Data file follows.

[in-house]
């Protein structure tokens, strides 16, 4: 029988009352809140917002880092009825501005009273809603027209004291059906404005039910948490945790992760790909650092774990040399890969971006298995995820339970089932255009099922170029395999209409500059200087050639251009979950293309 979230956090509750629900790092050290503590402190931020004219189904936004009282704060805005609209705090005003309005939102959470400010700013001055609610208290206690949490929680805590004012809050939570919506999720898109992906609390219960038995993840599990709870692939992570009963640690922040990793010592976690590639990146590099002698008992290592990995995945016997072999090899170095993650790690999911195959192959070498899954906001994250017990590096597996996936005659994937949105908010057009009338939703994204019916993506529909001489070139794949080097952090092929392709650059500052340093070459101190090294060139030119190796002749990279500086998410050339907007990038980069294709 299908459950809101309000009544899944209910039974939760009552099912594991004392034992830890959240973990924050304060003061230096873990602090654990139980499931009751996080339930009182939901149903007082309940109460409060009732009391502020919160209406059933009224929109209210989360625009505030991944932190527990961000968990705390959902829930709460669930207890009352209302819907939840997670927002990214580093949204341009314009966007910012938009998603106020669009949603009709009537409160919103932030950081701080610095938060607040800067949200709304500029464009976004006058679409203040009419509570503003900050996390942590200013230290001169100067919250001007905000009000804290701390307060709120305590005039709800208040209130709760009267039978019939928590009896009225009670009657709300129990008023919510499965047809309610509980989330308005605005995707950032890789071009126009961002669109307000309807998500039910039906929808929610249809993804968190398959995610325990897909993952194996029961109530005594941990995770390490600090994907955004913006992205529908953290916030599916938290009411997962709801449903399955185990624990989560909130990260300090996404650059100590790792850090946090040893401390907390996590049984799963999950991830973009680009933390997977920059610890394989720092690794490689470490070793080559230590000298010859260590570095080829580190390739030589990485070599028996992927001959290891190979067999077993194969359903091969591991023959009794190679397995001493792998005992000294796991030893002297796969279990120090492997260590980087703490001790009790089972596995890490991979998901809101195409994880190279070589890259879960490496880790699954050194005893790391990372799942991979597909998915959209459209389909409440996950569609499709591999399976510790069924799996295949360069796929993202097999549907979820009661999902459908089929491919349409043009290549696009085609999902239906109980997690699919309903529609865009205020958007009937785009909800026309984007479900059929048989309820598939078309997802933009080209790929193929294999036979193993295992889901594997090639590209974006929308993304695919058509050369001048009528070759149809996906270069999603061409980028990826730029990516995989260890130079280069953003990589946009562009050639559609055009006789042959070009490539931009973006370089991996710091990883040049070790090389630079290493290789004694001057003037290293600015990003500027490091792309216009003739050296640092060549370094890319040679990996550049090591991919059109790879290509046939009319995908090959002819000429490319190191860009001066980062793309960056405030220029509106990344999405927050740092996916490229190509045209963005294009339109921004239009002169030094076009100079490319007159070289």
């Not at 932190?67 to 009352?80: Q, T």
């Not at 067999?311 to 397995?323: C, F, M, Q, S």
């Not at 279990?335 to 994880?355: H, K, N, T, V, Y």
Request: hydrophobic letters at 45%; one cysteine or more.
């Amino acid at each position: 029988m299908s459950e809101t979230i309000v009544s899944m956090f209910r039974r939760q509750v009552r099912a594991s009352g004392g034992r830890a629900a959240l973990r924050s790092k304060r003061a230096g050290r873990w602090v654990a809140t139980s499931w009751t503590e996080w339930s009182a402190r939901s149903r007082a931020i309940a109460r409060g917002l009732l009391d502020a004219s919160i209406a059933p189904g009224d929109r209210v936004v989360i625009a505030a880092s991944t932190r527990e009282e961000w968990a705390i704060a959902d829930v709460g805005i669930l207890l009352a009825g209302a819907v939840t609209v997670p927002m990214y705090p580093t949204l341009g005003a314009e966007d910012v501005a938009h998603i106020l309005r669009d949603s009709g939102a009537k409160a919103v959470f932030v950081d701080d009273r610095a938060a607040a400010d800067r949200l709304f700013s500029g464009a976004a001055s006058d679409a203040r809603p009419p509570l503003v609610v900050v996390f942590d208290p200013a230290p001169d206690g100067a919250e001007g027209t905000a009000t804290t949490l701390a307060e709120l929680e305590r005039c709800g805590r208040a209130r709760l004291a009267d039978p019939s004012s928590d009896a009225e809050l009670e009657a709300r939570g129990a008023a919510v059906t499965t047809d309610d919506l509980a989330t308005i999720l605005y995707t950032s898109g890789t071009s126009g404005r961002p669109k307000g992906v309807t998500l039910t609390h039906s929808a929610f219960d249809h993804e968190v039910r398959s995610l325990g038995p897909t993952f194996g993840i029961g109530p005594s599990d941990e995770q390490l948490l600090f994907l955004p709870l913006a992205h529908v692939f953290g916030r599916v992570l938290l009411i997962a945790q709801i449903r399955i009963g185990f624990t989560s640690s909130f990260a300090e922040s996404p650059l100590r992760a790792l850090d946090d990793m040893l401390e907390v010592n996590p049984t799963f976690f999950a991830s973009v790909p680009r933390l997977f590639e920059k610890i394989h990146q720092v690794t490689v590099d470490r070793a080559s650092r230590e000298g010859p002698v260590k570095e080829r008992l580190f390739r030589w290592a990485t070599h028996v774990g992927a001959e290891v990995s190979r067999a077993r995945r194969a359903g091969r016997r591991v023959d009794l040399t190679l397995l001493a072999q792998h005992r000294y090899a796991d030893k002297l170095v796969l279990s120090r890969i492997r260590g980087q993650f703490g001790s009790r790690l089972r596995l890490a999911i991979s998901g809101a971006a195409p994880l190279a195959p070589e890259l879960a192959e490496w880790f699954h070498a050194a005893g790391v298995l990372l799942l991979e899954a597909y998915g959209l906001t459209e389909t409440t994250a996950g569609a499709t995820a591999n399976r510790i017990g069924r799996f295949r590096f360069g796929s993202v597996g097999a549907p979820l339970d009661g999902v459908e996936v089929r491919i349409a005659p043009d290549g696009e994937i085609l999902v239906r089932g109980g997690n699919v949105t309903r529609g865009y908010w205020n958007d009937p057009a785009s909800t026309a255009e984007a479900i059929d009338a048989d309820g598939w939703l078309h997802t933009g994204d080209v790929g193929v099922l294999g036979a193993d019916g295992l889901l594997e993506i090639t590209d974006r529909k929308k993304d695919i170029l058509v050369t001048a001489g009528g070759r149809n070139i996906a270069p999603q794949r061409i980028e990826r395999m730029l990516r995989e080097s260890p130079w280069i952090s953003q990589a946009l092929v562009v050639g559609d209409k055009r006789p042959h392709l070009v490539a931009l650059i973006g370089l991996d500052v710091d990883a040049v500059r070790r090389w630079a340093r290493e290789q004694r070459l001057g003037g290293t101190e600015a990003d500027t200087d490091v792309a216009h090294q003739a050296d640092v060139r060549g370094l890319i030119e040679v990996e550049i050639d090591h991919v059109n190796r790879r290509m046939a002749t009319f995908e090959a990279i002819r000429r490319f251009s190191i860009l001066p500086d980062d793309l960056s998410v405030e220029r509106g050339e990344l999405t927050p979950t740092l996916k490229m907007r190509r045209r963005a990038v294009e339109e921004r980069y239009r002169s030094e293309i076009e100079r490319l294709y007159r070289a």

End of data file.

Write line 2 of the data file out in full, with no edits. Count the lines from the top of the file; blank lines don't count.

């Protein structure tokens, strides 16, 4: 029988009352809140917002880092009825501005009273809603027209004291059906404005039910948490945790992760790909650092774990040399890969971006298995995820339970089932255009099922170029395999209409500059200087050639251009979950293309 979230956090509750629900790092050290503590402190931020004219189904936004009282704060805005609209705090005003309005939102959470400010700013001055609610208290206690949490929680805590004012809050939570919506999720898109992906609390219960038995993840599990709870692939992570009963640690922040990793010592976690590639990146590099002698008992290592990995995945016997072999090899170095993650790690999911195959192959070498899954906001994250017990590096597996996936005659994937949105908010057009009338939703994204019916993506529909001489070139794949080097952090092929392709650059500052340093070459101190090294060139030119190796002749990279500086998410050339907007990038980069294709 299908459950809101309000009544899944209910039974939760009552099912594991004392034992830890959240973990924050304060003061230096873990602090654990139980499931009751996080339930009182939901149903007082309940109460409060009732009391502020919160209406059933009224929109209210989360625009505030991944932190527990961000968990705390959902829930709460669930207890009352209302819907939840997670927002990214580093949204341009314009966007910012938009998603106020669009949603009709009537409160919103932030950081701080610095938060607040800067949200709304500029464009976004006058679409203040009419509570503003900050996390942590200013230290001169100067919250001007905000009000804290701390307060709120305590005039709800208040209130709760009267039978019939928590009896009225009670009657709300129990008023919510499965047809309610509980989330308005605005995707950032890789071009126009961002669109307000309807998500039910039906929808929610249809993804968190398959995610325990897909993952194996029961109530005594941990995770390490600090994907955004913006992205529908953290916030599916938290009411997962709801449903399955185990624990989560909130990260300090996404650059100590790792850090946090040893401390907390996590049984799963999950991830973009680009933390997977920059610890394989720092690794490689470490070793080559230590000298010859260590570095080829580190390739030589990485070599028996992927001959290891190979067999077993194969359903091969591991023959009794190679397995001493792998005992000294796991030893002297796969279990120090492997260590980087703490001790009790089972596995890490991979998901809101195409994880190279070589890259879960490496880790699954050194005893790391990372799942991979597909998915959209459209389909409440996950569609499709591999399976510790069924799996295949360069796929993202097999549907979820009661999902459908089929491919349409043009290549696009085609999902239906109980997690699919309903529609865009205020958007009937785009909800026309984007479900059929048989309820598939078309997802933009080209790929193929294999036979193993295992889901594997090639590209974006929308993304695919058509050369001048009528070759149809996906270069999603061409980028990826730029990516995989260890130079280069953003990589946009562009050639559609055009006789042959070009490539931009973006370089991996710091990883040049070790090389630079290493290789004694001057003037290293600015990003500027490091792309216009003739050296640092060549370094890319040679990996550049090591991919059109790879290509046939009319995908090959002819000429490319190191860009001066980062793309960056405030220029509106990344999405927050740092996916490229190509045209963005294009339109921004239009002169030094076009100079490319007159070289």